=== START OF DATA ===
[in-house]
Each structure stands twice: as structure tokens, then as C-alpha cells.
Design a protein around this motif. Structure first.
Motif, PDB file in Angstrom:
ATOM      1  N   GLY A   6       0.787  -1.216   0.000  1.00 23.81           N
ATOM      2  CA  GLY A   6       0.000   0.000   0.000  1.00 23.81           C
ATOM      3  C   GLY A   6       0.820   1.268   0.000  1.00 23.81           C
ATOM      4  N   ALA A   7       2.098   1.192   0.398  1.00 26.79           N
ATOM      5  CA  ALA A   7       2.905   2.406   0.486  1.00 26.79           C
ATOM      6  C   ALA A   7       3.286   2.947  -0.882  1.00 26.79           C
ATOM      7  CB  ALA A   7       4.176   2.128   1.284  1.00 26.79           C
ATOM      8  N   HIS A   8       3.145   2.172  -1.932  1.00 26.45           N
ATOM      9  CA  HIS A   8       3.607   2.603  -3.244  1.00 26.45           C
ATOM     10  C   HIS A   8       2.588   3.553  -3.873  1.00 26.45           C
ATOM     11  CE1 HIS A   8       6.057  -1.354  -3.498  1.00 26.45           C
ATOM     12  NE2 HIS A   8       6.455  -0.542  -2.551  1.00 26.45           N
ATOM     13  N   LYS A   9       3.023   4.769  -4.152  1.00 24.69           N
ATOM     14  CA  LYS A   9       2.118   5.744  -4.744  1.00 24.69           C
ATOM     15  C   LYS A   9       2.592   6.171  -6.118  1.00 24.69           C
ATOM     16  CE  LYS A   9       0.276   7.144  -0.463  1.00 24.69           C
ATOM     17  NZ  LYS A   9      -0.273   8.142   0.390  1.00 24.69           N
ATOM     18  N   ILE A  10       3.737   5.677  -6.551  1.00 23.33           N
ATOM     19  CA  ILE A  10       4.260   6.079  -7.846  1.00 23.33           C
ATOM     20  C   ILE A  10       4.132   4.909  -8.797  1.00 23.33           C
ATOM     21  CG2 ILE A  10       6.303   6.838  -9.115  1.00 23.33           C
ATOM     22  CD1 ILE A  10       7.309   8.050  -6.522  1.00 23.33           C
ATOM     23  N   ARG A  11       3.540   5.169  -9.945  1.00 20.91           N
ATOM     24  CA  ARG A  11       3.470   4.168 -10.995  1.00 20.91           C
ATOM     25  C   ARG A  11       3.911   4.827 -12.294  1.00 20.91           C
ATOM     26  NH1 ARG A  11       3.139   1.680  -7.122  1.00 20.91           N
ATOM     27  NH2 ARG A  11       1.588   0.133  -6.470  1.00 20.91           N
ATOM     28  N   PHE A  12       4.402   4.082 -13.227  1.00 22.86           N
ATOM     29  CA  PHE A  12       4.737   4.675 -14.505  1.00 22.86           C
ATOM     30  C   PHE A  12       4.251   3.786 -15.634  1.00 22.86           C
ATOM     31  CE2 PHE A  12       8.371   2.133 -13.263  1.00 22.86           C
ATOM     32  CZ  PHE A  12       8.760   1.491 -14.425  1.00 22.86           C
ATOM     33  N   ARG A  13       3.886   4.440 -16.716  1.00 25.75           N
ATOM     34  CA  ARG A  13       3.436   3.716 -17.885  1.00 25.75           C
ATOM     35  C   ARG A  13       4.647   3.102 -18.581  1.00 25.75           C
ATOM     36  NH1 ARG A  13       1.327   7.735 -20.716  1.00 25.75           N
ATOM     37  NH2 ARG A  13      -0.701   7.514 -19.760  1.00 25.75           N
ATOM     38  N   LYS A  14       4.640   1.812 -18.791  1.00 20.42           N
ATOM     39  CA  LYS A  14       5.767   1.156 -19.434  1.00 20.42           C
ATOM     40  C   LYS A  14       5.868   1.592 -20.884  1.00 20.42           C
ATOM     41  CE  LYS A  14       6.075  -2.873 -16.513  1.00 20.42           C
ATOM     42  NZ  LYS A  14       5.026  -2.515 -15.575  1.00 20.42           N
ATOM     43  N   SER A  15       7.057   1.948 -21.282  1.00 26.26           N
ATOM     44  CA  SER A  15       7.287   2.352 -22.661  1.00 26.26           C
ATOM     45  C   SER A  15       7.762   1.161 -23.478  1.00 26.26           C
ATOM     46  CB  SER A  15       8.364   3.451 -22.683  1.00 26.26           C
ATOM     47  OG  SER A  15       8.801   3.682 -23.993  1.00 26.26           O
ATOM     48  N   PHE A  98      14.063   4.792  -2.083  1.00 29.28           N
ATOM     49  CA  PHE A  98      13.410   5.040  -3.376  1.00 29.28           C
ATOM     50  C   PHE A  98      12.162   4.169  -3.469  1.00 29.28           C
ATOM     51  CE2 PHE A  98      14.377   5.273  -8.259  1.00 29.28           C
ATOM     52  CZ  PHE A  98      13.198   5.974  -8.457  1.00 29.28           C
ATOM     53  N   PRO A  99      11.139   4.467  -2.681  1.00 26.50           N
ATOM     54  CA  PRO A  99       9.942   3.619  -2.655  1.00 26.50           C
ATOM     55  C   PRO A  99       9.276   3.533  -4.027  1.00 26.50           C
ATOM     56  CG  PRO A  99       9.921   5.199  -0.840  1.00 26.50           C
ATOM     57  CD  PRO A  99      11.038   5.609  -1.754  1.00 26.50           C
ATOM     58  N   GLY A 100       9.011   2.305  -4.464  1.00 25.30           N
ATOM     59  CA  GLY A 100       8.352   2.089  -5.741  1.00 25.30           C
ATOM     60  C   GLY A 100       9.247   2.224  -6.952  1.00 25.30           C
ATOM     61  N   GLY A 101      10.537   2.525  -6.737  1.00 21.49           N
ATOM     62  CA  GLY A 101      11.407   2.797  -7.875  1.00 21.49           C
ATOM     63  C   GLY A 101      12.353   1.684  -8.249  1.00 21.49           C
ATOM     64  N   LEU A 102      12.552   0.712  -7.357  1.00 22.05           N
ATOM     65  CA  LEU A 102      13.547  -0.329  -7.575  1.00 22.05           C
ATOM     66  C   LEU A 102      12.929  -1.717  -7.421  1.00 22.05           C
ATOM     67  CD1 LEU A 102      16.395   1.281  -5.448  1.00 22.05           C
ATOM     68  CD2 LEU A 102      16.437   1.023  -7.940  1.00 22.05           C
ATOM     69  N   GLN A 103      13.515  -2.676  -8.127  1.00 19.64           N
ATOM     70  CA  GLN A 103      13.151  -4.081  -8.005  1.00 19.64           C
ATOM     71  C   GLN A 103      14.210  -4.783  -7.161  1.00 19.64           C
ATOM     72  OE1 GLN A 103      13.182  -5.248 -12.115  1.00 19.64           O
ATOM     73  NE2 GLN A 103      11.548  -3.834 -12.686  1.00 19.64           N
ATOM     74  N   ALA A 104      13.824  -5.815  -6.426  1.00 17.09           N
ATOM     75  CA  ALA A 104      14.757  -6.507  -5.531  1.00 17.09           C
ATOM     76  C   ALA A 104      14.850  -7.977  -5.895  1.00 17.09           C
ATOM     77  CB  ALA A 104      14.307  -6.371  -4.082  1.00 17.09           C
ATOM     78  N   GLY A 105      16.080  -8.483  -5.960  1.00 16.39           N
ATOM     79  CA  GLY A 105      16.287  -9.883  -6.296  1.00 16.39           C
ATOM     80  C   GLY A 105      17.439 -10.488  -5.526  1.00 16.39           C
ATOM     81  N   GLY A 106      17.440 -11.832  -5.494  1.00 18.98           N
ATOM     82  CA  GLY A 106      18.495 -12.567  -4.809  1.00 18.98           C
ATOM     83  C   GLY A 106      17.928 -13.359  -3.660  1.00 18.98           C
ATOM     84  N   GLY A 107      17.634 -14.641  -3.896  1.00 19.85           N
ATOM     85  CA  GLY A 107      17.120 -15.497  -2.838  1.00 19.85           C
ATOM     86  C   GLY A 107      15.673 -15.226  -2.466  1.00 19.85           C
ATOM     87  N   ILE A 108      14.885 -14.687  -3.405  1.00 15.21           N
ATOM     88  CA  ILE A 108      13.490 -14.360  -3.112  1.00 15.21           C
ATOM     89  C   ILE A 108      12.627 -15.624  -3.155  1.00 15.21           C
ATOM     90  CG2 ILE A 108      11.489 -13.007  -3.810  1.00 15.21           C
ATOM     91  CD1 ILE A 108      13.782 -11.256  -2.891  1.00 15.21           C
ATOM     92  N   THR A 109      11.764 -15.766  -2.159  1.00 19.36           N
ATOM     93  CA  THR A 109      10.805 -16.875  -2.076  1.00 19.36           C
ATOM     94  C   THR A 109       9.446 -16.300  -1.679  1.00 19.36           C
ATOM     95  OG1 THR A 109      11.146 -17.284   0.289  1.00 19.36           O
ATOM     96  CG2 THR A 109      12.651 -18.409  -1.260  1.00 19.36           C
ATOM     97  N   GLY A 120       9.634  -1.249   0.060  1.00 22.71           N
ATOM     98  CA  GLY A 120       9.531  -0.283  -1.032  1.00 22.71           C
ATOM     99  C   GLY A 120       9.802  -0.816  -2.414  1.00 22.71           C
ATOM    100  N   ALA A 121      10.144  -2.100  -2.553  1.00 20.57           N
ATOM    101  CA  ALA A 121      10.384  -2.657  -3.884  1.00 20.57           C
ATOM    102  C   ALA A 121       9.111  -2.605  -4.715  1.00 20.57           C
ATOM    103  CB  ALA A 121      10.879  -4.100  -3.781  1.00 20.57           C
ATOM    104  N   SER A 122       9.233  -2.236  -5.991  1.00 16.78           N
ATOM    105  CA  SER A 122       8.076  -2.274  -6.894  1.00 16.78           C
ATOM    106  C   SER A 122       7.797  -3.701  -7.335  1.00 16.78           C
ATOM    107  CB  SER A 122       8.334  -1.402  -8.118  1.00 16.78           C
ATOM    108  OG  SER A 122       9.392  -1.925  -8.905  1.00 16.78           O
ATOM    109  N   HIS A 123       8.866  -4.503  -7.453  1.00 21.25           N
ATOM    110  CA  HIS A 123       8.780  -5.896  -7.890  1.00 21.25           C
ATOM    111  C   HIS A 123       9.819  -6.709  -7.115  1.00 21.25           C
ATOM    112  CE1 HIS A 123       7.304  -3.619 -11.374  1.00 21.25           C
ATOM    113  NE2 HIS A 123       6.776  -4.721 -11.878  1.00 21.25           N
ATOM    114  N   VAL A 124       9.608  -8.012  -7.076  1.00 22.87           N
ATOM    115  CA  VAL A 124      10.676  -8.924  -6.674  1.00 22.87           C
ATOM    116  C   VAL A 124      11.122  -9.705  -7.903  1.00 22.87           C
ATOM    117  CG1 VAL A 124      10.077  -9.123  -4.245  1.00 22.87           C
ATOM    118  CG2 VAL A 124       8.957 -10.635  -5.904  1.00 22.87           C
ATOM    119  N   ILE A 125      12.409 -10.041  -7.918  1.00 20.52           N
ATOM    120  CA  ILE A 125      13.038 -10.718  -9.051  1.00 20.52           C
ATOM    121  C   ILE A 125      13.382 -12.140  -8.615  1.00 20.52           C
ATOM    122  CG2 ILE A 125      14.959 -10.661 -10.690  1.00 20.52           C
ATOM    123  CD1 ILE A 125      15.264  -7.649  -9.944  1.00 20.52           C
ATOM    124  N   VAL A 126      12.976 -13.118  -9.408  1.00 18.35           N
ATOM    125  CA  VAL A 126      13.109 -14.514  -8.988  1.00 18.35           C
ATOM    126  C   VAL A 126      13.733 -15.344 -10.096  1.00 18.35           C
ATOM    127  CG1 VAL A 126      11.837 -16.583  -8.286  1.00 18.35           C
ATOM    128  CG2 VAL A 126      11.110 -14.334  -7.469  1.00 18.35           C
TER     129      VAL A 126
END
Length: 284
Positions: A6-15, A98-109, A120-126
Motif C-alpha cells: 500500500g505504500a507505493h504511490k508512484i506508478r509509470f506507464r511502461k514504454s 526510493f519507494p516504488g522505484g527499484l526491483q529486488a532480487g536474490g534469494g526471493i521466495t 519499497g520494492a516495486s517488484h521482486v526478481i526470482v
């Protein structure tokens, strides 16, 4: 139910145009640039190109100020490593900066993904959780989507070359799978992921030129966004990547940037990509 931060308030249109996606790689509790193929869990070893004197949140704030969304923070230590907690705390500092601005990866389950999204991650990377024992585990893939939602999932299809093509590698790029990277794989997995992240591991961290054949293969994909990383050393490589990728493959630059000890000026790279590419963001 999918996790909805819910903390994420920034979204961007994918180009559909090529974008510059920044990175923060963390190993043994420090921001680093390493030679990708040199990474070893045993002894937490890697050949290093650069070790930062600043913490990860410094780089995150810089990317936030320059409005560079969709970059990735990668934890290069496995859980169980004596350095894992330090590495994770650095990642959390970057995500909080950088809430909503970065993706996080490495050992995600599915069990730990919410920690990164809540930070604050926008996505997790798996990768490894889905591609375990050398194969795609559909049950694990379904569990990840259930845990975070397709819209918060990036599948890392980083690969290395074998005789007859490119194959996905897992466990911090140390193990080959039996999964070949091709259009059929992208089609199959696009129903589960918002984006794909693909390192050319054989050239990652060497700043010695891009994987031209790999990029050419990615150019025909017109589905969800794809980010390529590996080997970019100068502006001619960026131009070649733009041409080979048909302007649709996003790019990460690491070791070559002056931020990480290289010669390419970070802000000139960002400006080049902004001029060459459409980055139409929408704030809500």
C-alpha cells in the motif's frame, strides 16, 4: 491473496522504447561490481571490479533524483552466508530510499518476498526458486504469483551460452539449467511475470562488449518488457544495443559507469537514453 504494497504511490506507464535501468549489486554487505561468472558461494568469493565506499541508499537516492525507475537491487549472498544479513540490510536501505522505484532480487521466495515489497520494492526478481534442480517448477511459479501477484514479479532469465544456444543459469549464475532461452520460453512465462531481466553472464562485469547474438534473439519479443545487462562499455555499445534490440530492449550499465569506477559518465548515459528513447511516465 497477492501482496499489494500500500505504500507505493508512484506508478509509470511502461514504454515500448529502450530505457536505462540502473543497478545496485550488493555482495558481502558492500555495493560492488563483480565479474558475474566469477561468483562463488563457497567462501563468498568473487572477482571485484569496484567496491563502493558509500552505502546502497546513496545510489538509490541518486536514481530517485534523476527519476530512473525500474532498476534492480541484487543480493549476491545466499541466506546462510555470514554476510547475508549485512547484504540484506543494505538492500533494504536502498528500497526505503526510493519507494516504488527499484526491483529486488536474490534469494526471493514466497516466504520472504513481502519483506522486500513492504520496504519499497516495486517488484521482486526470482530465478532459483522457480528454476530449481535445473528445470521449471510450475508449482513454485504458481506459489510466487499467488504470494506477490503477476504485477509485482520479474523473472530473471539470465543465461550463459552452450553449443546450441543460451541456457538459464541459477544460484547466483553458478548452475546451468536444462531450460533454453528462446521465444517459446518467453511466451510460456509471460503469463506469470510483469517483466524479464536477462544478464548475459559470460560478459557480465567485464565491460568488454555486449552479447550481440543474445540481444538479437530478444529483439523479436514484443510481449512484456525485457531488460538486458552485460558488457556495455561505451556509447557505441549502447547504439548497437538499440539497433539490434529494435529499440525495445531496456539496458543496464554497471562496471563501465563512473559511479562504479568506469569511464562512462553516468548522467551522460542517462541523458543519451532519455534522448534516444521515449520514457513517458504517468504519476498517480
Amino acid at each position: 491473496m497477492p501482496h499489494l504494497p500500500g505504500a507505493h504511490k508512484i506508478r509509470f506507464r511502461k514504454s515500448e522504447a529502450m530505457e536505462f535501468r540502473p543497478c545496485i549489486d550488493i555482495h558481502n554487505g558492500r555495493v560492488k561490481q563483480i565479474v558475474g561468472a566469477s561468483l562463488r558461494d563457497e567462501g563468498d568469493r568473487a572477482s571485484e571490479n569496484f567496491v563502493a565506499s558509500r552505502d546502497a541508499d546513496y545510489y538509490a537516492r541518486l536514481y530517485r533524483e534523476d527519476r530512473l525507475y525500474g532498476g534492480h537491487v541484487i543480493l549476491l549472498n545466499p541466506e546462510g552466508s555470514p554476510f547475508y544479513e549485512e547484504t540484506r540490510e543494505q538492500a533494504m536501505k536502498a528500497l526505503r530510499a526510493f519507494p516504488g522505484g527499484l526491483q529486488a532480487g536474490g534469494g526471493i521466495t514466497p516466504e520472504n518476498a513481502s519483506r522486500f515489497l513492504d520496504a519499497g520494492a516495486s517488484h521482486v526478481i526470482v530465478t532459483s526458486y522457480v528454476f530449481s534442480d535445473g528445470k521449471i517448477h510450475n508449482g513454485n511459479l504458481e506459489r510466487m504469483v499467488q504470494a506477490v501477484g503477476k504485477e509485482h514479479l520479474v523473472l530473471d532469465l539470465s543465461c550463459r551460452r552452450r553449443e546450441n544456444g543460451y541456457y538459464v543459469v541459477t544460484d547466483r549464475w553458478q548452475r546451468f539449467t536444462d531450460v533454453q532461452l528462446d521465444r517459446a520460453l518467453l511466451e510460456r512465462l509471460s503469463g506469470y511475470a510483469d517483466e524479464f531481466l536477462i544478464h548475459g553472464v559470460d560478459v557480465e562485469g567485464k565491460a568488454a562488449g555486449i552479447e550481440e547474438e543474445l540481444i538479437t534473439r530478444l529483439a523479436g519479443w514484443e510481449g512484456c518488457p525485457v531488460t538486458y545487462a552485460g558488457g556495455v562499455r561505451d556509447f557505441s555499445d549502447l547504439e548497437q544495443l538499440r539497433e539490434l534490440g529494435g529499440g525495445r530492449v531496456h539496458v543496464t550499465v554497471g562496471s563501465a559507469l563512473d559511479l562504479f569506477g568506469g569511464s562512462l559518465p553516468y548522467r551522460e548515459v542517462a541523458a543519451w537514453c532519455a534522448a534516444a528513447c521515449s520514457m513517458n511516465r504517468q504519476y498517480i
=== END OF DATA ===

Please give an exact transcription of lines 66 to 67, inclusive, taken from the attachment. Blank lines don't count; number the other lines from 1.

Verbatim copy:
ATOM     62  CA  GLY A 101      11.407   2.797  -7.875  1.00 21.49           C
ATOM     63  C   GLY A 101      12.353   1.684  -8.249  1.00 21.49           C